Unsurprisingly, based on the number of pending (homes under contract) listings in the previous months of 2023, single-family home sales in Boone County were down 31% to 138 homes compared to April 2023. Sales in the City of Columbia were down over 40% from last year to just 83 sales. Sales for April haven’t been this low since 2011, although for 2023, sales are still 30% higher compared to the first four months of 2011.
Amazingly, even with a dramatic drop in sales, prices are still up year over year. The average price in Boone County was up 4% to $350,046, and the median price was up 4% to $310,000. Homes in the City of Columbia, which saw a more significant drop in sales, produced an average price increase of 8% to $379,782 and a median price jump 5.5% to $325,000.
Average days on market (DOM) continue to increase, up 160% to 39 days, but days on market last April was only 15 days, and the average DOM for April in the previous ten years has been 49 days.
Supply continues to increase, up 132% to 2.04 months worth of inventory, compared to last April, but we are still half a month below the amount of inventory for April for the past ten years. Supply continues to be hindered by a lack of new listings hitting the market, down 31% last month to 234, which is even below early COVID numbers.
Mortgage rates for a 30-yr FRM (fixed rate mortgage) did increase half a percent during April to 6.59%, according to Mortgage News Daily. However, since the Federal Government nears a possible default because of the debt ceiling, rates for the 30-yr FRM have risen to nearly 7%. As the debt limit draws closer to June 1st, rates should continue to grow, and if the U.S. defaults on its debt obligations, there’s no guess how high the yield on a US 10-year Treasury will jump, taking mortgage rates along for the ride.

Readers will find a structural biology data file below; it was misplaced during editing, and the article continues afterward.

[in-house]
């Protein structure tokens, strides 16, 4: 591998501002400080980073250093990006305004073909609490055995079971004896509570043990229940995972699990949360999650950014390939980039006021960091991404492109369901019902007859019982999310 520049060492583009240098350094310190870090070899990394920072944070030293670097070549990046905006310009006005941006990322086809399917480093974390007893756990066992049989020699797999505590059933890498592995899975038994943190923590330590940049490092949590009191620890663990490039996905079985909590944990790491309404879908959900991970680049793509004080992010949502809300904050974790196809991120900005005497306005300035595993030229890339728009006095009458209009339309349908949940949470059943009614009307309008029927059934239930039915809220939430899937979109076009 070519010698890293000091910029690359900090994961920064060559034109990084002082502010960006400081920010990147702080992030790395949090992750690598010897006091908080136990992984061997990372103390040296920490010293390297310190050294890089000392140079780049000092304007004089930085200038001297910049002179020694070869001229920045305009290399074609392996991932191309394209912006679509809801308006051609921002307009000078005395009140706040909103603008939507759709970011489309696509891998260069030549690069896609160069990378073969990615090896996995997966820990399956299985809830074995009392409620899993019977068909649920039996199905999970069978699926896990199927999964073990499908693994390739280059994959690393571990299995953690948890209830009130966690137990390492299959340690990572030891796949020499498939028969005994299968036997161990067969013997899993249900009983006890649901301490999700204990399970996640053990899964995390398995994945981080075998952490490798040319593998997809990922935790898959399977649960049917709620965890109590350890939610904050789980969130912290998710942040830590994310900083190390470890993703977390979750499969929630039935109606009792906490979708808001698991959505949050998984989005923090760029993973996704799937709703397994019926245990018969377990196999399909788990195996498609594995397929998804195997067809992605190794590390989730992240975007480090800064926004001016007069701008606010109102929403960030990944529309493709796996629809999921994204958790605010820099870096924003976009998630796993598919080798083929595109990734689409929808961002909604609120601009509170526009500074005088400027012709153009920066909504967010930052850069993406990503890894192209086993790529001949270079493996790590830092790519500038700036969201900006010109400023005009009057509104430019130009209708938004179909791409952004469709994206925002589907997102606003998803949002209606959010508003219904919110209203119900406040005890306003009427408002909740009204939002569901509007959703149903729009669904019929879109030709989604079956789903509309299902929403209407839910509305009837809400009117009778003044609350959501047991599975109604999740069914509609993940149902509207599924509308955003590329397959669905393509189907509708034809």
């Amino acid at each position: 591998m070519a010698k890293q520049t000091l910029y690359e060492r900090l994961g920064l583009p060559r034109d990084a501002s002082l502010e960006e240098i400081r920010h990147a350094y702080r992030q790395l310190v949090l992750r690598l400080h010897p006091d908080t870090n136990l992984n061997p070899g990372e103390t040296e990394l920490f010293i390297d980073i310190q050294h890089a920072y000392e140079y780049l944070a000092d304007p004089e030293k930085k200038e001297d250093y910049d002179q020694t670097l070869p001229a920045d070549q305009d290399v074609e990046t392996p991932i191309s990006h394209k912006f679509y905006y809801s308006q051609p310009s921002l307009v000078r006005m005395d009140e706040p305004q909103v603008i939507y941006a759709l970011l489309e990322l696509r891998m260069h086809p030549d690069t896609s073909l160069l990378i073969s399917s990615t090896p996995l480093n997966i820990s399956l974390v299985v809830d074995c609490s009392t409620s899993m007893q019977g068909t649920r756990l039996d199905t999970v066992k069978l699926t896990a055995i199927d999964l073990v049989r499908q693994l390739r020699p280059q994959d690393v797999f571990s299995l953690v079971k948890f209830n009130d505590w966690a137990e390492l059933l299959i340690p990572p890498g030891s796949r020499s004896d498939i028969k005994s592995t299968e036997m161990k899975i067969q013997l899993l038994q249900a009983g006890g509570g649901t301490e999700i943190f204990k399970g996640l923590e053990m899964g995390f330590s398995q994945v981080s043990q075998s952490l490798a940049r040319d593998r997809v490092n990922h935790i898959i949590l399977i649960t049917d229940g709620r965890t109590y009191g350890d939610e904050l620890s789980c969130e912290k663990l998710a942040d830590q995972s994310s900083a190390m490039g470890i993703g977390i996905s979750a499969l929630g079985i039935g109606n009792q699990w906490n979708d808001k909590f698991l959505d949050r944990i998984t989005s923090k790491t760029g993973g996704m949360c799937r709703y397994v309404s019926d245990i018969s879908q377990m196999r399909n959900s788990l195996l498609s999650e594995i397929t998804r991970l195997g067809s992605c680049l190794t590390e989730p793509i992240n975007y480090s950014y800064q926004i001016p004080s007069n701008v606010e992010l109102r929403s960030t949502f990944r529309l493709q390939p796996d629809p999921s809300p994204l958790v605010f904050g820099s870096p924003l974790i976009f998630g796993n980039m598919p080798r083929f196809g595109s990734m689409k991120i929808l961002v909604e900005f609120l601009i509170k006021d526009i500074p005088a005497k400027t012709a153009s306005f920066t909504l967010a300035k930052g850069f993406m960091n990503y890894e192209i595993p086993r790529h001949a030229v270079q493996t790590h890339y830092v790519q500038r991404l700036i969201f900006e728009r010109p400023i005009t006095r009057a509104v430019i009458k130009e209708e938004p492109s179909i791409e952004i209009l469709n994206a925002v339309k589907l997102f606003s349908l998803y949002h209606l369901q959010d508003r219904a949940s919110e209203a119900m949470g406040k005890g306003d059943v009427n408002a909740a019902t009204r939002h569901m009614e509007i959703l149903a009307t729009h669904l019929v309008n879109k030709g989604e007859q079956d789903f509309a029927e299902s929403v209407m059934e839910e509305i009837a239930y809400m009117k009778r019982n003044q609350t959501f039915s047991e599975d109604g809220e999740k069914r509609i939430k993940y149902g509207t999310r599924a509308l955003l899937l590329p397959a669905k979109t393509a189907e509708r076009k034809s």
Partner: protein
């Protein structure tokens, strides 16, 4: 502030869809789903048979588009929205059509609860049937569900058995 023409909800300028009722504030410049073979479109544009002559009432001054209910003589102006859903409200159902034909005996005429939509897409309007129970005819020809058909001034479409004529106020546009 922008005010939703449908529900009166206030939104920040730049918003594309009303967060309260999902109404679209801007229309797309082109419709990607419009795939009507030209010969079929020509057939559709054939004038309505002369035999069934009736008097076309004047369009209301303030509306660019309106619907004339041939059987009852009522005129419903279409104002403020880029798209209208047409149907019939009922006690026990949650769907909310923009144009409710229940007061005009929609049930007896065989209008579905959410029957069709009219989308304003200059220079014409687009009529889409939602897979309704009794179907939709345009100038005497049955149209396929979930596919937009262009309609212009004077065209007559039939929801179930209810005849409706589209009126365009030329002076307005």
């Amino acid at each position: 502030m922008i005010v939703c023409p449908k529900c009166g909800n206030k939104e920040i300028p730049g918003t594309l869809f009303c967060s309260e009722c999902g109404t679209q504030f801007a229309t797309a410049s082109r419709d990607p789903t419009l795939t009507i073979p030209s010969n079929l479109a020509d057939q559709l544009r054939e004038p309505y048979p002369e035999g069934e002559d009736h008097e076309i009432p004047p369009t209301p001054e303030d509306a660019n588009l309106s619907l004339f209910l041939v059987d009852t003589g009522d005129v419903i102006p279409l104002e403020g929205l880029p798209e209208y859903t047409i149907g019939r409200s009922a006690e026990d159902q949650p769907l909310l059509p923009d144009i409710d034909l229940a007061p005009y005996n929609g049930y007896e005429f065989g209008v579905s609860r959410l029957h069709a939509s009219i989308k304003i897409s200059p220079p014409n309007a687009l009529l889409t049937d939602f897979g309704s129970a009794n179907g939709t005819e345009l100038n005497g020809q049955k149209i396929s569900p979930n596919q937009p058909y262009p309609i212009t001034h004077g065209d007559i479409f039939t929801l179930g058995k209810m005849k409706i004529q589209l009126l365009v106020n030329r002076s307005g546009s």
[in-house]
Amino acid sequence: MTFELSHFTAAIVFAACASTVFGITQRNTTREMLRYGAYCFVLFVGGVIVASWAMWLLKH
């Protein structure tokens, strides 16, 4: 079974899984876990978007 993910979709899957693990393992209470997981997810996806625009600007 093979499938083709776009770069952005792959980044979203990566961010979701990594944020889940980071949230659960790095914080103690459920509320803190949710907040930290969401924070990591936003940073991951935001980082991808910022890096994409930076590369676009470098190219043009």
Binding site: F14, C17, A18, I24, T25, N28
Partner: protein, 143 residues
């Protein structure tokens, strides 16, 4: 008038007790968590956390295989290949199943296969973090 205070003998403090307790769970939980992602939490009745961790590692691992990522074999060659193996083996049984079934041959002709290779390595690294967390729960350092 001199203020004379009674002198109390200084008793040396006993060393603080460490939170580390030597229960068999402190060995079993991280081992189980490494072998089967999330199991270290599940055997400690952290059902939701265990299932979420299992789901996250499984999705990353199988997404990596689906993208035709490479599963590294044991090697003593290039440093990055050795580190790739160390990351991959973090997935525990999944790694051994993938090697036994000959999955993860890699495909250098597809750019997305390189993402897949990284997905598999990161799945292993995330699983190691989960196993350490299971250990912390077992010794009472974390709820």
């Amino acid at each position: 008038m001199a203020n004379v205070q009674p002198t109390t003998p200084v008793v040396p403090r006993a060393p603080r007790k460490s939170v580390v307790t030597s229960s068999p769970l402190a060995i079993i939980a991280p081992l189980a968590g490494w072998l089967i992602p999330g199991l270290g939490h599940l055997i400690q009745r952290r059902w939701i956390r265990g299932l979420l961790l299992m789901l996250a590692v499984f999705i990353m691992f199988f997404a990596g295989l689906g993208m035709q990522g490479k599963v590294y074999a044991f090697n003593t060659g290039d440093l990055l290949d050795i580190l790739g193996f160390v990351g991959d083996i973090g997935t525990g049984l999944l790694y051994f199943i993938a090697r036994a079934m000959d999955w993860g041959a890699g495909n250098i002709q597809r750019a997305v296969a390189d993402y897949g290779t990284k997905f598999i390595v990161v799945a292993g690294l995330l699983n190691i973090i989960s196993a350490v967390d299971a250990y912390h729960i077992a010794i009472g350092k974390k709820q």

New single-family detached building permits combined in the Ashland, Columbia, & Boone were down 28% in April, bringing permits down 16% for the year. Permits in Columbia are down 23% year to date.
Current market prices are surprisingly resilient when factoring in sales declining 11 of the last 12 months. With mortgage rates around 7% again, and the potential to go higher, existing homeowners who require financing to purchase another home have few reasons to sell and take on a new mortgage rate more than double what they currently have. With little motivation to sell a home right now, the low number of new listings hitting the market and a reduction in new construction will continue to deflate inventory numbers and push prices higher, but at a slower pace than we saw from 2020 to 2022.
SOURCE – COLUMBIA BOARD OF REALTORS CEO, BRIAN TOOHEY, MBA, RCE, EPRO
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